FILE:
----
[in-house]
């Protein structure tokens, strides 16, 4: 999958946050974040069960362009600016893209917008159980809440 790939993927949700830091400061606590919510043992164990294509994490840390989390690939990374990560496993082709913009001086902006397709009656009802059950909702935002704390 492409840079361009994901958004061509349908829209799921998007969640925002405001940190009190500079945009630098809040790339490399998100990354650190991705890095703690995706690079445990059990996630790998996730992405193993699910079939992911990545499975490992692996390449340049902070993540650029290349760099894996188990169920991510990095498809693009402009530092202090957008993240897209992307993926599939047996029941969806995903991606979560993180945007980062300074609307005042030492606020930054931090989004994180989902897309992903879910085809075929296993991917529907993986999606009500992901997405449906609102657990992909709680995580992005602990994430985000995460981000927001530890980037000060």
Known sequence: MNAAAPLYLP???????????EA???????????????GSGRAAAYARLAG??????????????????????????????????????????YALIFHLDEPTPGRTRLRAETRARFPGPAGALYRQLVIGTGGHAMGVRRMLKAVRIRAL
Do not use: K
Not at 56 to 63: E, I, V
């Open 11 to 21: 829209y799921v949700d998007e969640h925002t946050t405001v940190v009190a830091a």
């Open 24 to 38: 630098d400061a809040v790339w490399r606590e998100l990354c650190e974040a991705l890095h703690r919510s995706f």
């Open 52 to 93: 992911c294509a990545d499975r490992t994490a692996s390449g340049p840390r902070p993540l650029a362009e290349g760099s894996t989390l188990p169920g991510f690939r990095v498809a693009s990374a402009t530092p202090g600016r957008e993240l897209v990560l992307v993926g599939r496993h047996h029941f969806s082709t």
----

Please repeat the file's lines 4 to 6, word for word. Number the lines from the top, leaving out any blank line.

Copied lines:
Do not use: K
Not at 56 to 63: E, I, V
């Open 11 to 21: 829209y799921v949700d998007e969640h925002t946050t405001v940190v009190a830091a």